After the $7.8 billion settlement with BP for the Deepwater Horizon oil spill concluded, some plaintiffs found out too late that they had to pay taxes on their compensation. Because the lump sum of income pushed many of them into a higher tax bracket, those who did not establish a durable plan prior to settlement were left paying way more in taxes than they had ever paid before — and that’s on top of suffering losses including illness, injuries, economic loss, and property damage.
This situation frequently happens when a plaintiff does not have adequate information about financial planning prior to settlement. That’s because as a taxpayer, any monetary award you receive is assumed to be gross income and is taxable. A settlement recovery that pushes claimants into higher tax brackets forces them to retain less of their recovery.
This rule does not apply to all types of cases. If your settlement is due to a physical injury, sickness, or wrongful death, for example, you will not need to pay tax on your settlement when you initially receive it. On the other hand, cases involving sexual harassment, discrimination, fraud, whistleblower situations, and intellectual property are taxable.
In a previous post, we answer the following questions about settlement and taxes:
- Is the settlement I am about to receive taxable?
- If I invest my settlement money, will it be taxed?
- My family member has been injured and I will be receiving a portion of the settlement. Will I have to pay taxes on the settlement award?
- Once I receive my settlement, what are my options?
If you’re approaching settlement, having this background knowledge is key. A comprehensive settlement planning firm can then explain your options.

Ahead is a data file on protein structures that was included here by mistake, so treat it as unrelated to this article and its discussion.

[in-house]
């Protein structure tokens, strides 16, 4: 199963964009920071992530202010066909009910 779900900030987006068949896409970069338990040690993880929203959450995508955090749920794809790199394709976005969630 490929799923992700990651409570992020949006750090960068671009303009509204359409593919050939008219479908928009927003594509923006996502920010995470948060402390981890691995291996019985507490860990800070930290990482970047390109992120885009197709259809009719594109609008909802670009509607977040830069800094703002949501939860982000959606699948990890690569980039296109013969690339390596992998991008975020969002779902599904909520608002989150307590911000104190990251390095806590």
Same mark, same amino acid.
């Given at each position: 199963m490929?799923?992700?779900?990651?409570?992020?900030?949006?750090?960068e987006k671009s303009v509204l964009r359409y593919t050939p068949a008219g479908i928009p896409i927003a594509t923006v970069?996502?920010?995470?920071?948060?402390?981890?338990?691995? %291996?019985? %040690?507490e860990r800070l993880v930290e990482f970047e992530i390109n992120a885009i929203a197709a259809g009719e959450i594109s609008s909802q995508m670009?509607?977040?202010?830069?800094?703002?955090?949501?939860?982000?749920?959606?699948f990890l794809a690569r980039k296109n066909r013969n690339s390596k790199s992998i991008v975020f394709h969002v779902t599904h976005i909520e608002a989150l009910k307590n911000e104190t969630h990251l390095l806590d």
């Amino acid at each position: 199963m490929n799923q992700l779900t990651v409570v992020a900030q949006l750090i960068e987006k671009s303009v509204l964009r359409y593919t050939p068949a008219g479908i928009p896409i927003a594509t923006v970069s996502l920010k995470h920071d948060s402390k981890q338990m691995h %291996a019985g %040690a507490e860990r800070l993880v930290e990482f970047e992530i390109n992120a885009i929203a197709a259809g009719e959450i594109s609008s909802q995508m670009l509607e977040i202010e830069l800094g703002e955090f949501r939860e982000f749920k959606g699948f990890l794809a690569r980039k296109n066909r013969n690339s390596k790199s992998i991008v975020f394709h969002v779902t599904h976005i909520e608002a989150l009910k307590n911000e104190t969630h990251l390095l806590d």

Tax and Income Spreading
To ease what could be a staggering tax burden, plaintiffs may take settlement payments out over time as opposed to accepting a lump sum. Doing so reduces their taxes by remaining below the threshold for many deductions, credits and/or allowances that phase out with increased income. This method of “spreading taxes” is also referred to as deferred compensation or income spreading.
Because the settlement process is voluntary, this one-time tax planning opportunity is part of the resolution of a claim and must be made prior to settlement. As a plaintiff, the sooner you speak with a settlement planning expert, the sooner you’ll have peace of mind that you’ll get to keep as much of your settlement recovery as possible and reap the benefits of it long into the future.
A West Point graduate where he served as captain and military aviator, John Bair continues his commitment to our country through his efforts within the settlement planning industry. He has represented families of victims lost in the Flight 3407 crash, offered pro bono services to the families of 9/11 victims and drafted the first consumer protection bill for plaintiffs (H.R. 3699).